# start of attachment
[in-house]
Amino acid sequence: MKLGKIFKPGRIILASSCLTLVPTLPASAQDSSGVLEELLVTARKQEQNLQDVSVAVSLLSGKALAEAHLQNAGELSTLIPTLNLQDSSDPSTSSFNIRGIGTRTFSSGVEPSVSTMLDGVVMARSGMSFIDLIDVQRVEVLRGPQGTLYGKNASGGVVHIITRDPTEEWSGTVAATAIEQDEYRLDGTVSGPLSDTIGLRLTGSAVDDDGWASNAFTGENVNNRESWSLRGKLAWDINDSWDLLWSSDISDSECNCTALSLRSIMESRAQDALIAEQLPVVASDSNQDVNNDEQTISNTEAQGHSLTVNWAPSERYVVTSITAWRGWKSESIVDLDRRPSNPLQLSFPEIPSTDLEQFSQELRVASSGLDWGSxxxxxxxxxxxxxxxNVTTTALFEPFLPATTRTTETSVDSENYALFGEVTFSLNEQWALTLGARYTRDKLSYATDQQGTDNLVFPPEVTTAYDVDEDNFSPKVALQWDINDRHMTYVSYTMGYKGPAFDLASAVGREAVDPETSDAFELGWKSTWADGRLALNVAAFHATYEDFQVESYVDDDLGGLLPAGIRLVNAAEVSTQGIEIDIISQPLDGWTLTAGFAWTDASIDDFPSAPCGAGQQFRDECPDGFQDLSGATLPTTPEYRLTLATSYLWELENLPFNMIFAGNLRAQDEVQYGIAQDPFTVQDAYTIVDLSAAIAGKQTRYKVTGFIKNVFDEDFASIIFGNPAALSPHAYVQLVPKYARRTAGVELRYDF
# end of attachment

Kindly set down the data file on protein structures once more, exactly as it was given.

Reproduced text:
[in-house]
Amino acid sequence: MKLGKIFKPGRIILASSCLTLVPTLPASAQDSSGVLEELLVTARKQEQNLQDVSVAVSLLSGKALAEAHLQNAGELSTLIPTLNLQDSSDPSTSSFNIRGIGTRTFSSGVEPSVSTMLDGVVMARSGMSFIDLIDVQRVEVLRGPQGTLYGKNASGGVVHIITRDPTEEWSGTVAATAIEQDEYRLDGTVSGPLSDTIGLRLTGSAVDDDGWASNAFTGENVNNRESWSLRGKLAWDINDSWDLLWSSDISDSECNCTALSLRSIMESRAQDALIAEQLPVVASDSNQDVNNDEQTISNTEAQGHSLTVNWAPSERYVVTSITAWRGWKSESIVDLDRRPSNPLQLSFPEIPSTDLEQFSQELRVASSGLDWGSxxxxxxxxxxxxxxxNVTTTALFEPFLPATTRTTETSVDSENYALFGEVTFSLNEQWALTLGARYTRDKLSYATDQQGTDNLVFPPEVTTAYDVDEDNFSPKVALQWDINDRHMTYVSYTMGYKGPAFDLASAVGREAVDPETSDAFELGWKSTWADGRLALNVAAFHATYEDFQVESYVDDDLGGLLPAGIRLVNAAEVSTQGIEIDIISQPLDGWTLTAGFAWTDASIDDFPSAPCGAGQQFRDECPDGFQDLSGATLPTTPEYRLTLATSYLWELENLPFNMIFAGNLRAQDEVQYGIAQDPFTVQDAYTIVDLSAAIAGKQTRYKVTGFIKNVFDEDFASIIFGNPAALSPHAYVQLVPKYARRTAGVELRYDF